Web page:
The former House speaker & current New Progressive Party (NPP) spokeswoman, Jenniffer González, said she agreed with Sen. Grassley’s expressions when he said “Puerto Rico’s fiscal problems are the result of excess spending and poor management.”

For the former House president & leader of the local Republican Party, the proposal demonstrates that Congress not only mistrusts the efforts of the Puerto Rico government, but also the conduct of the Legislature because the proposed board would review all laws approved by the local Legislative Assembly.

“Markets, Congress and the federal government are aware of what is happening here, and to instruct the board to review our legislation is another acknowledgment of the lack of precision in legislative matters with the current Legislature. They have shamefully placed us in receivership,” González said.

For Ricardo Rosselló, a contender for nomination as the NPP’s gubernatorial candidacy, “the assistance plan has some conditions we don’t agree with, but we will continue the dialog and negotiations to reach a viable solution that allows Puerto Rico to attend to these problems with real solutions that don’t destroy our credibility and allows us to recuperate and improve our economy,” he said.

He added that the proposed board, or other entity, should respect the autonomy of the government of Puerto Rico and provide a five-year term to achieve the objectives of the government reform.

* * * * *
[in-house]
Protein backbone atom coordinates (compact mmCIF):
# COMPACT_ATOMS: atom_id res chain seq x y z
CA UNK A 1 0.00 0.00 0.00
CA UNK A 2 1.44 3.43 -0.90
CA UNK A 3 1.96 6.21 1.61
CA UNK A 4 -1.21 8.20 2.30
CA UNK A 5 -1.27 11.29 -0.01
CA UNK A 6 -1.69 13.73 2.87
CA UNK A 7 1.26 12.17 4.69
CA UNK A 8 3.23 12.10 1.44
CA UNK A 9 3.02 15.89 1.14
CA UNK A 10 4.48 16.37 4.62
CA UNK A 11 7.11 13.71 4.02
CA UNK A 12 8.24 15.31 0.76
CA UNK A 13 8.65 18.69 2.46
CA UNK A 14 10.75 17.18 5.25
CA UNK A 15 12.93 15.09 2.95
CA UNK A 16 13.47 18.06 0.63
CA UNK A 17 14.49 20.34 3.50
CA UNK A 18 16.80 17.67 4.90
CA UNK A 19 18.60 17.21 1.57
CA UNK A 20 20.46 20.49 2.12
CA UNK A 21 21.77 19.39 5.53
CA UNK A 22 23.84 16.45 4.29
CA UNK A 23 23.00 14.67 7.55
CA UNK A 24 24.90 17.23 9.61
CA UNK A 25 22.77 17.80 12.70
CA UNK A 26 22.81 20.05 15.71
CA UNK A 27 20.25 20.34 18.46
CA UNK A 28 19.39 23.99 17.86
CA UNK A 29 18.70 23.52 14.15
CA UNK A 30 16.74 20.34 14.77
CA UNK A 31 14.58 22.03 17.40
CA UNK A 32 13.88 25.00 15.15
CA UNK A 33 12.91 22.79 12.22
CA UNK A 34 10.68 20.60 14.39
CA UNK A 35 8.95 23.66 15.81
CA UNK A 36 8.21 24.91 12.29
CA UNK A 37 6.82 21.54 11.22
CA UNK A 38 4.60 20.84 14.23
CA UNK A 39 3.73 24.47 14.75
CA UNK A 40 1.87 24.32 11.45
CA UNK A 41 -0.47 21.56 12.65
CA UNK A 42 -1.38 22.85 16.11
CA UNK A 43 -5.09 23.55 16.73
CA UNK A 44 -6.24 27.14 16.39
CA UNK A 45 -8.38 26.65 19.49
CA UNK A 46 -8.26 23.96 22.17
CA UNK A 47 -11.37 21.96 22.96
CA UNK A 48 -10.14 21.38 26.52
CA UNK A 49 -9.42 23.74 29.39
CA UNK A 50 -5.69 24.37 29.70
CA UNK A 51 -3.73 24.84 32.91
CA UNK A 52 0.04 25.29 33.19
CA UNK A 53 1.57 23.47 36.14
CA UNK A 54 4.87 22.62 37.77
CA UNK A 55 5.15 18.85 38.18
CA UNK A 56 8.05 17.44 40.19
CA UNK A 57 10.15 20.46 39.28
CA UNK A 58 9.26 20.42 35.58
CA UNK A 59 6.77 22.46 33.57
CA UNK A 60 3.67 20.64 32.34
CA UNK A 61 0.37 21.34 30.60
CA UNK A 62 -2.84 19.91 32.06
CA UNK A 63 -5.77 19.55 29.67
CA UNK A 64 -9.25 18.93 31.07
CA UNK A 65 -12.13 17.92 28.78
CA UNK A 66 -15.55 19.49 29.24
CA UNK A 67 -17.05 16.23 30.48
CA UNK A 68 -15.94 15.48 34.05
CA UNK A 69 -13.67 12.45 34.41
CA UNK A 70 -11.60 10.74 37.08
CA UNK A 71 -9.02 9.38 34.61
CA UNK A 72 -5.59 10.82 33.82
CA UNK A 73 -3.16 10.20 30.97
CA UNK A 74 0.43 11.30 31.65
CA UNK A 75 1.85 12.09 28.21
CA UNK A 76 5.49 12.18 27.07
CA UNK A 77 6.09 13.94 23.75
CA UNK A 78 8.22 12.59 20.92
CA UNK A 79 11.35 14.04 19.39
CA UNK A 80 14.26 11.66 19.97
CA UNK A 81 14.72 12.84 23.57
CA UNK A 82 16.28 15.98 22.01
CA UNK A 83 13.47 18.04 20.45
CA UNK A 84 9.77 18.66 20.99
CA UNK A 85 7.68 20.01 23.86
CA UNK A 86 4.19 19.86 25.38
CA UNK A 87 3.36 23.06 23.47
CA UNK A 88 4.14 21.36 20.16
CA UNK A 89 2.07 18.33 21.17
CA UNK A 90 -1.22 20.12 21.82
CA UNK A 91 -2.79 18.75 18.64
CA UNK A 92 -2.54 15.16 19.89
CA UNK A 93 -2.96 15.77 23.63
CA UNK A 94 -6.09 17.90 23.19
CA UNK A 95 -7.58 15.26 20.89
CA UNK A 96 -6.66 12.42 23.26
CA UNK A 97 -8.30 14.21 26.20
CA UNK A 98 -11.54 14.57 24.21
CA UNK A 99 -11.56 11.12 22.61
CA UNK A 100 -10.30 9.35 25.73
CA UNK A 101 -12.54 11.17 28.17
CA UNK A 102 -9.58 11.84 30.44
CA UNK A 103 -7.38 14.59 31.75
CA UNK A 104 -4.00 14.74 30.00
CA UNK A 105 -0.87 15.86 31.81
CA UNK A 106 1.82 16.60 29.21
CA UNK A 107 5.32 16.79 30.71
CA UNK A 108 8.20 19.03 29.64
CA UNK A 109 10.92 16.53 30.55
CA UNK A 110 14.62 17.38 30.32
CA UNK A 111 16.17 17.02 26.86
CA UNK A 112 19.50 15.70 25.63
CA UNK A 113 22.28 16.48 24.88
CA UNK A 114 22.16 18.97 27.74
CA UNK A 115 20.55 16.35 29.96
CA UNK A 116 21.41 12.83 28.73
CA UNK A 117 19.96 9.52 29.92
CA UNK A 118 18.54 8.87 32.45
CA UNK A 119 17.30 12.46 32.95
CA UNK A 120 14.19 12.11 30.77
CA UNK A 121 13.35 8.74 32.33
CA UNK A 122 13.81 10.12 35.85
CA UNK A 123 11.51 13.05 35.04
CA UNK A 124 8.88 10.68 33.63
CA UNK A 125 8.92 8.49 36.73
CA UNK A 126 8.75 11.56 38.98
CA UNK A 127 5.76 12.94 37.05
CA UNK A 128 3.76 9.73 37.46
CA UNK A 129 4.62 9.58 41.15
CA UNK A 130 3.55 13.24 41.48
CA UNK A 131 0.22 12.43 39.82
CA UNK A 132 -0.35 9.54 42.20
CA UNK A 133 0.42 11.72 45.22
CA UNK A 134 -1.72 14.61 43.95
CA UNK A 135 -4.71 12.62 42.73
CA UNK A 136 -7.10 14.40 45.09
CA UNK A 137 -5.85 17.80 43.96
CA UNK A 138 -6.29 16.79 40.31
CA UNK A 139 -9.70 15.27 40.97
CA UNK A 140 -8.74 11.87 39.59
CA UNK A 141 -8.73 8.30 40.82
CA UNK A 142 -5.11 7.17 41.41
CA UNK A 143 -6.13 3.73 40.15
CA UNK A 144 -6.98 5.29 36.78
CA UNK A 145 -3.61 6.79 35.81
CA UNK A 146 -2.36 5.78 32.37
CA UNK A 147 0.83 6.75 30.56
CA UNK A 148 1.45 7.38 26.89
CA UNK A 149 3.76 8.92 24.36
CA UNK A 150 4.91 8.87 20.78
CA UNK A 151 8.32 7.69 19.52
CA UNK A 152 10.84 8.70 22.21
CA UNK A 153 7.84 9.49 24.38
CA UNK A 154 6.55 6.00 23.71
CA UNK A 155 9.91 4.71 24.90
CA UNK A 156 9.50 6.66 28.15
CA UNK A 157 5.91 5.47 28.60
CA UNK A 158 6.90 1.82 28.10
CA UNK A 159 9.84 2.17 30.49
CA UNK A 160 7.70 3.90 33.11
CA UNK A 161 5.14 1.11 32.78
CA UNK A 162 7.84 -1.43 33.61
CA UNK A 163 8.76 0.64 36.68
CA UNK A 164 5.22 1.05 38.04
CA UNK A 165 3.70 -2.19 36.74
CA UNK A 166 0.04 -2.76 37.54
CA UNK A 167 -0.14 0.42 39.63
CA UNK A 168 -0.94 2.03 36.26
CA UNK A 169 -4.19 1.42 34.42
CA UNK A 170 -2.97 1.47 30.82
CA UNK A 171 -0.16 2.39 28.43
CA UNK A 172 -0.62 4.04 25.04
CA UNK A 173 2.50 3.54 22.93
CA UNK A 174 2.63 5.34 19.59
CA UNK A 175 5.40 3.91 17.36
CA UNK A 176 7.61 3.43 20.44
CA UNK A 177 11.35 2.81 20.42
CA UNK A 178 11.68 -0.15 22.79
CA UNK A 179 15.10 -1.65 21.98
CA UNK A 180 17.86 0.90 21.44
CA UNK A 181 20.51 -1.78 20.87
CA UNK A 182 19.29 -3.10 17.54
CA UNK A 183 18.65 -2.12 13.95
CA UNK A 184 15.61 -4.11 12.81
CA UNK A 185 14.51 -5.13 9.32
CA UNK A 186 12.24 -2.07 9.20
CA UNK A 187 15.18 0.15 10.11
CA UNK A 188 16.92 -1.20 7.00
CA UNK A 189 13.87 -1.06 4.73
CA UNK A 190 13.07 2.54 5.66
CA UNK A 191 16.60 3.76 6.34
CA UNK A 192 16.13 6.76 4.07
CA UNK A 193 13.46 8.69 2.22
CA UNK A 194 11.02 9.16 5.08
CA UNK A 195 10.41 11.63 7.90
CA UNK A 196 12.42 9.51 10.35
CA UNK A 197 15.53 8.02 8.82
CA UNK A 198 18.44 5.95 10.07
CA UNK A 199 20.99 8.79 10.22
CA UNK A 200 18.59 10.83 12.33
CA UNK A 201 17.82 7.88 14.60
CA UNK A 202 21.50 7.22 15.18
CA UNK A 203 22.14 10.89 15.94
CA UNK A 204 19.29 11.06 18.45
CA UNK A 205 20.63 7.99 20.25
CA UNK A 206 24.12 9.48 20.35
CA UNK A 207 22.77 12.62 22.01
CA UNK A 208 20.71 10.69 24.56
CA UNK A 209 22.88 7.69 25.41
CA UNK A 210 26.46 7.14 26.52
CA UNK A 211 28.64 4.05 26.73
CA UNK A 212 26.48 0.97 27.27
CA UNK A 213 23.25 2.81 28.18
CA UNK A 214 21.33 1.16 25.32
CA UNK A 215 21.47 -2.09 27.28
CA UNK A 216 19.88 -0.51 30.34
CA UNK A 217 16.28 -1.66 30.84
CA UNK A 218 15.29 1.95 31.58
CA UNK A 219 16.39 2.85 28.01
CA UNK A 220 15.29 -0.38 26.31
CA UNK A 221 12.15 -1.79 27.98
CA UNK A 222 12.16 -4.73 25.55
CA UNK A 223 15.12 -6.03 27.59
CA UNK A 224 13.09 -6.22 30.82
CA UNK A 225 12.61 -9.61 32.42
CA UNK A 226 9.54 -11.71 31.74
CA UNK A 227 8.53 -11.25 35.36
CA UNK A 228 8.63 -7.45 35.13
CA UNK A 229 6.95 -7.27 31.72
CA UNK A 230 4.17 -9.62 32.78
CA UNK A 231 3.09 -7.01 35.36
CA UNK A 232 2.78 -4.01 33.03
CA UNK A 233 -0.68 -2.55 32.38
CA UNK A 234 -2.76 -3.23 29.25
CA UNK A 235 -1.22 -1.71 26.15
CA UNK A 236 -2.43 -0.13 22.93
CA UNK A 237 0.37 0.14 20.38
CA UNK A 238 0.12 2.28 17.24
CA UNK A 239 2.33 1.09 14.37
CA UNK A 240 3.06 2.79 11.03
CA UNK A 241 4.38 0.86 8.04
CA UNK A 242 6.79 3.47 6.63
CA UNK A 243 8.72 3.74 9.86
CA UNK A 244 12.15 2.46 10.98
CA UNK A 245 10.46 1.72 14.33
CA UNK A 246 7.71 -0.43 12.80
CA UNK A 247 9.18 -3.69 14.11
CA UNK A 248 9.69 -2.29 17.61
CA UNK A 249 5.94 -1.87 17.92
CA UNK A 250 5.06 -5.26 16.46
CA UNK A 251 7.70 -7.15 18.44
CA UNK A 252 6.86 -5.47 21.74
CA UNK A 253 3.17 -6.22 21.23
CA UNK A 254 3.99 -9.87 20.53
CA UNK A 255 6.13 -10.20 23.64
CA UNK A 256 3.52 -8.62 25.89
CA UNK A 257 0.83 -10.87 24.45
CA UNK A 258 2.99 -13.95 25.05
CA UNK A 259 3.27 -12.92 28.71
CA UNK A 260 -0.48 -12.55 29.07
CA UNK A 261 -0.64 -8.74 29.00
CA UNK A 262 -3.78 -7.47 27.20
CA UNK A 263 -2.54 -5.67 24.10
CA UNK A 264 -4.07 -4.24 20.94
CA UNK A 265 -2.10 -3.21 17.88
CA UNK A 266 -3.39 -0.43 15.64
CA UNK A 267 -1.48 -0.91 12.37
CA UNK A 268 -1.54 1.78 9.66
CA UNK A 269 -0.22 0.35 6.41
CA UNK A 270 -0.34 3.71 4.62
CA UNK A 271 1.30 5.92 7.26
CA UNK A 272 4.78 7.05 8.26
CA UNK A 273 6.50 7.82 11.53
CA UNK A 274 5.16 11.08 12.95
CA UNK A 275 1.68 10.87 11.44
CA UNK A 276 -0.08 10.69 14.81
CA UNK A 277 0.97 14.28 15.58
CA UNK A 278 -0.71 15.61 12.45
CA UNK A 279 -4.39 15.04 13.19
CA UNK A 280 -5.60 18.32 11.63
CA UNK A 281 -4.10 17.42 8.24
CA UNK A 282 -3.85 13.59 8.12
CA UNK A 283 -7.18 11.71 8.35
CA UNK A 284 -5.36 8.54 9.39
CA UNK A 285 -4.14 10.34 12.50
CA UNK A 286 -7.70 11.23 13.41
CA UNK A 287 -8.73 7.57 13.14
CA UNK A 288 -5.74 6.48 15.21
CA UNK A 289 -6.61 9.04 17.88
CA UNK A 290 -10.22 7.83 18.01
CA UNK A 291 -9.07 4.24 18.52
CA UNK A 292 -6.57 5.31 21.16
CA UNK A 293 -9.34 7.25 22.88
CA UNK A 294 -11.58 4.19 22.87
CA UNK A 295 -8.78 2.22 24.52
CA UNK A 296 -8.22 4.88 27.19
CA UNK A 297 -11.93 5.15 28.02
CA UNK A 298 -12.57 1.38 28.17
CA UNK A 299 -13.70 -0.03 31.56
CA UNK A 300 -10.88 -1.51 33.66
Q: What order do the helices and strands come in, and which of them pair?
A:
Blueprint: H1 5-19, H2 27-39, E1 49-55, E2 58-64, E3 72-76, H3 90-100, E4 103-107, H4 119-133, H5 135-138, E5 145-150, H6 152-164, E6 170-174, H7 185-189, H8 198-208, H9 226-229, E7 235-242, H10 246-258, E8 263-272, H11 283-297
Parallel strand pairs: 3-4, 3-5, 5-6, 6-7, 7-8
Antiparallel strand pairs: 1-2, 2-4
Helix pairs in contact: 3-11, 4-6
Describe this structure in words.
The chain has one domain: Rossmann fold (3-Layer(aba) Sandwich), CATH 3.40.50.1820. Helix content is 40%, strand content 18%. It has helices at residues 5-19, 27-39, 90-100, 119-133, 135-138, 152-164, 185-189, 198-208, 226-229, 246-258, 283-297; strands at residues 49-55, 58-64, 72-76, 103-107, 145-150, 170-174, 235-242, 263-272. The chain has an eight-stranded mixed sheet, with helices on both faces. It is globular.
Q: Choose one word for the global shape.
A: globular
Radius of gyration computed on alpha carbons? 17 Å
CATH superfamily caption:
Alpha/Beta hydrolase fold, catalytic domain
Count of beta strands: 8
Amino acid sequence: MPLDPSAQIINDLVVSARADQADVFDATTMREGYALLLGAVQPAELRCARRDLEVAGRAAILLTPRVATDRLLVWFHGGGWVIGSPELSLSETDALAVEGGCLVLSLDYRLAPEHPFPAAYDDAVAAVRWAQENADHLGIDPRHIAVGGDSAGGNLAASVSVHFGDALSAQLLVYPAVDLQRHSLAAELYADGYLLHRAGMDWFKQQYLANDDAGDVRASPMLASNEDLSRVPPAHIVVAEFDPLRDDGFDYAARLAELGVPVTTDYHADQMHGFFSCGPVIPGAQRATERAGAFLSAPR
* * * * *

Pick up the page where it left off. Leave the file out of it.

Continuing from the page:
“Although we don’t have elective positions, we work to achieve the best outcomes for our island, because if we continue on the current political leadership’s path to bankruptcy, taxes and nonpayment, we will fall into an economic abyss that will be difficult to rise from in the coming decades,” Rosselló said.

The former candidate for governor & secretary general of the Puerto Rican Independence Party, Juan Dalmau, said this proposal, far from effectively confronting Puerto Rico’s fiscal and economic crisis, makes it worse because it doesn’t provide an effective mechanism to resolve it.

“This is the most recent colonial humiliation, previously concealed by the commonwealth’s alleged fiscal autonomy, which is now manifested in all its crudeness with a receivership of the [U.S.] government over Puerto Rico’s financial affairs that this represents. This is a throwback to the days of the military government after the invasion in the late 19th century,” he said.

Meanwhile, political analyst & former Popular Democratic Party senator, Marco A. Rigau, reacted indignantly and upset about Puerto Rico’s political class related to its position on this issue. “I feel ashamed about the Puerto Rican political class,” he said. “That this political class is willing to subject itself to indignation in exchange for money is beyond words.”

As one who studiously follows Puerto Rican politics, he said that accepting this proposal “is to deny all the century-long struggles for more self-government…and a lack of creativity to come up with politically dignified proposals. It is to elevate indignity to the level of principles,” he said.